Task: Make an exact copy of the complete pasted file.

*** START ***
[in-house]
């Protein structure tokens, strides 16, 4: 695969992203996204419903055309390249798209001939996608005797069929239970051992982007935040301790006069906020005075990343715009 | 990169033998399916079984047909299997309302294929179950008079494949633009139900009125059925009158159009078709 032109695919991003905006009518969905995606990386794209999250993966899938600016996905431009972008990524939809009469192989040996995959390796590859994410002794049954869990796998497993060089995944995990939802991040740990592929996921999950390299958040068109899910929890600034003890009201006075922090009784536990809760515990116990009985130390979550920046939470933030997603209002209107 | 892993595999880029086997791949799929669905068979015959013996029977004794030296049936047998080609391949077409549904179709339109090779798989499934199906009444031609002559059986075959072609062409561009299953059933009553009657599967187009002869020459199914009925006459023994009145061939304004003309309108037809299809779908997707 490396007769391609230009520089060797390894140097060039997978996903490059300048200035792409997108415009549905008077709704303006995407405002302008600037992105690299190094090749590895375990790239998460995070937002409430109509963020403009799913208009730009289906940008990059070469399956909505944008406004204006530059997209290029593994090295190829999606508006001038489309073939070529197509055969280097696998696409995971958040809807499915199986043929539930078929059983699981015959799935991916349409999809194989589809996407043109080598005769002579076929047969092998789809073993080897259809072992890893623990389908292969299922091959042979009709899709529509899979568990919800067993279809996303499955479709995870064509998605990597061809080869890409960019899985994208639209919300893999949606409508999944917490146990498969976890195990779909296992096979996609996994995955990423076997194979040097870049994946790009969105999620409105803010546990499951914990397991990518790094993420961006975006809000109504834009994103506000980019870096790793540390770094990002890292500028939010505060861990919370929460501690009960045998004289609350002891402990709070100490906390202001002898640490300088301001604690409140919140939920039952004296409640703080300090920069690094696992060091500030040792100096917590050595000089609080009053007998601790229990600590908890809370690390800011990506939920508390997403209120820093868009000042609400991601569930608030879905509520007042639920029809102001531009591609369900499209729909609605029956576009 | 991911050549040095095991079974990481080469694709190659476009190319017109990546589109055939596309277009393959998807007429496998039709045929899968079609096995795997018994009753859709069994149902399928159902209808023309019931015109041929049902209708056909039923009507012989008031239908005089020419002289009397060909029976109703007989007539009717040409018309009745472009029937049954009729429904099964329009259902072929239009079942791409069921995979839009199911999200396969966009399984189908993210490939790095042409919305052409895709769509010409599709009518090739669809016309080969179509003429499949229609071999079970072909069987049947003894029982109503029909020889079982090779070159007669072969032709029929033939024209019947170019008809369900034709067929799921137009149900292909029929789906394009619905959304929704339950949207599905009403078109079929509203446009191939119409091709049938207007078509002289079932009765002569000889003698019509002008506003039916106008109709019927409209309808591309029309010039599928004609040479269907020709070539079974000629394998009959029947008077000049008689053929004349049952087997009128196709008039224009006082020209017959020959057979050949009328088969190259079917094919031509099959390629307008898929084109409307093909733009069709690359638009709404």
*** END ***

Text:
[in-house]
């Protein structure tokens, strides 16, 4: 695969992203996204419903055309390249798209001939996608005797069929239970051992982007935040301790006069906020005075990343715009 | 990169033998399916079984047909299997309302294929179950008079494949633009139900009125059925009158159009078709 032109695919991003905006009518969905995606990386794209999250993966899938600016996905431009972008990524939809009469192989040996995959390796590859994410002794049954869990796998497993060089995944995990939802991040740990592929996921999950390299958040068109899910929890600034003890009201006075922090009784536990809760515990116990009985130390979550920046939470933030997603209002209107 | 892993595999880029086997791949799929669905068979015959013996029977004794030296049936047998080609391949077409549904179709339109090779798989499934199906009444031609002559059986075959072609062409561009299953059933009553009657599967187009002869020459199914009925006459023994009145061939304004003309309108037809299809779908997707 490396007769391609230009520089060797390894140097060039997978996903490059300048200035792409997108415009549905008077709704303006995407405002302008600037992105690299190094090749590895375990790239998460995070937002409430109509963020403009799913208009730009289906940008990059070469399956909505944008406004204006530059997209290029593994090295190829999606508006001038489309073939070529197509055969280097696998696409995971958040809807499915199986043929539930078929059983699981015959799935991916349409999809194989589809996407043109080598005769002579076929047969092998789809073993080897259809072992890893623990389908292969299922091959042979009709899709529509899979568990919800067993279809996303499955479709995870064509998605990597061809080869890409960019899985994208639209919300893999949606409508999944917490146990498969976890195990779909296992096979996609996994995955990423076997194979040097870049994946790009969105999620409105803010546990499951914990397991990518790094993420961006975006809000109504834009994103506000980019870096790793540390770094990002890292500028939010505060861990919370929460501690009960045998004289609350002891402990709070100490906390202001002898640490300088301001604690409140919140939920039952004296409640703080300090920069690094696992060091500030040792100096917590050595000089609080009053007998601790229990600590908890809370690390800011990506939920508390997403209120820093868009000042609400991601569930608030879905509520007042639920029809102001531009591609369900499209729909609605029956576009 | 991911050549040095095991079974990481080469694709190659476009190319017109990546589109055939596309277009393959998807007429496998039709045929899968079609096995795997018994009753859709069994149902399928159902209808023309019931015109041929049902209708056909039923009507012989008031239908005089020419002289009397060909029976109703007989007539009717040409018309009745472009029937049954009729429904099964329009259902072929239009079942791409069921995979839009199911999200396969966009399984189908993210490939790095042409919305052409895709769509010409599709009518090739669809016309080969179509003429499949229609071999079970072909069987049947003894029982109503029909020889079982090779070159007669072969032709029929033939024209019947170019008809369900034709067929799921137009149900292909029929789906394009619905959304929704339950949207599905009403078109079929509203446009191939119409091709049938207007078509002289079932009765002569000889003698019509002008506003039916106008109709019927409209309808591309029309010039599928004609040479269907020709070539079974000629394998009959029947008077000049008689053929004349049952087997009128196709008039224009006082020209017959020959057979050949009328088969190259079917094919031509099959390629307008898929084109409307093909733009069709690359638009709404």